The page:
Measuring the speed of sound with Kundt´s tube
By Karolina Berg
Kundt´s tube is an experimental acoustical apparatus invented in 1866 by German physicist August Kundt for the measurement of the speed of sound in a gas or a solid rod. In this project the goal is to find the speed of sound in air, by using Kundt´s tube. The speed of sound in air is 343 m/s in room temperature (20 °C), and at 40°C the speed is 355 m/s. Since the instruments have errors and the temperature in the room is not exactly 20°C, the expected speed of sound in air in this project is ± 1-2% of 343 m/s. In this project, the reflection factor r and pressure amplitude p0 will also be calculated. In Kundt´s tube, the sound wave is a harmonic pressure wave propagating in a gas. The sound wave is sent against a wall where it is reflected, and the reflection factor r is expected to be 0 < r < 1. Pressure amplitude p0 will be calculated from the maximum and minimum pressure.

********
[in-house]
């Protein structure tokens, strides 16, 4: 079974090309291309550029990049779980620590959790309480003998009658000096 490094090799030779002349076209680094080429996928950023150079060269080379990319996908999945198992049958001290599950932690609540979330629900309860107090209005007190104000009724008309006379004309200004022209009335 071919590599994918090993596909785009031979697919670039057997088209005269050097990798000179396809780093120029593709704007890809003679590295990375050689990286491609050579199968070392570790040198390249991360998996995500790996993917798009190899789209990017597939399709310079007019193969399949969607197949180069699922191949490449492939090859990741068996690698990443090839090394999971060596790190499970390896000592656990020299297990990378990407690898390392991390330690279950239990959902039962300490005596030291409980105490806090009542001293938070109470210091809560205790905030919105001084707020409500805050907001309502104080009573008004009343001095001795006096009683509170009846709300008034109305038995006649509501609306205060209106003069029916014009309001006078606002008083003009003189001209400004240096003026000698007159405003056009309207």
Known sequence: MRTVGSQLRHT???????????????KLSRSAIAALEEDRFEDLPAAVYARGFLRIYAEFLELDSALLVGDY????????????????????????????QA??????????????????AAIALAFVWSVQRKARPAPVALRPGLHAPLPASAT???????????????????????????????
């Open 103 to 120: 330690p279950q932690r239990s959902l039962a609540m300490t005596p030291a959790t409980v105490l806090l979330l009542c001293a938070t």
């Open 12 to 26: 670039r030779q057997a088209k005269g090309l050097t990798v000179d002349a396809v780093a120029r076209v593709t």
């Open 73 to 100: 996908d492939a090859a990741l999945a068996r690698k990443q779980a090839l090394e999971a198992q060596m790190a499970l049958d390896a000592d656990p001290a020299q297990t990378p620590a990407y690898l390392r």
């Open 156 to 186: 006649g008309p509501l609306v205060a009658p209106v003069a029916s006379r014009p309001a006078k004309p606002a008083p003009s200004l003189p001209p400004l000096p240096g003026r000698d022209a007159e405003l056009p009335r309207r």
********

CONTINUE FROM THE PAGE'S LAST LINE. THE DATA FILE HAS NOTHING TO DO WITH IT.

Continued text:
Instruments used in this experiment are listed in the table 1.
Kundt´s tube with microphone and speaker
Table 1: Instruments used in this experiment.
Figure 1: Shows how the instruments are connected together.
The equipment is connected together as shown in figure 1. To make the measurements, the amplitude of the signal from the signal generator is set to 2 Vpp, and the frequency to 900 Hz. From that, one can hear sound from the speaker. Kundt´s tube is adjusted, so one can hear where the sound is most clear and loudest. Thereafter, the frequency is adjusted so one can see the signal from the oscilloscope decrease. Frequency is then adjusted to see the maximum impact on the screen of the oscilloscope and the resonance frequency f is measured to be 985 Hz.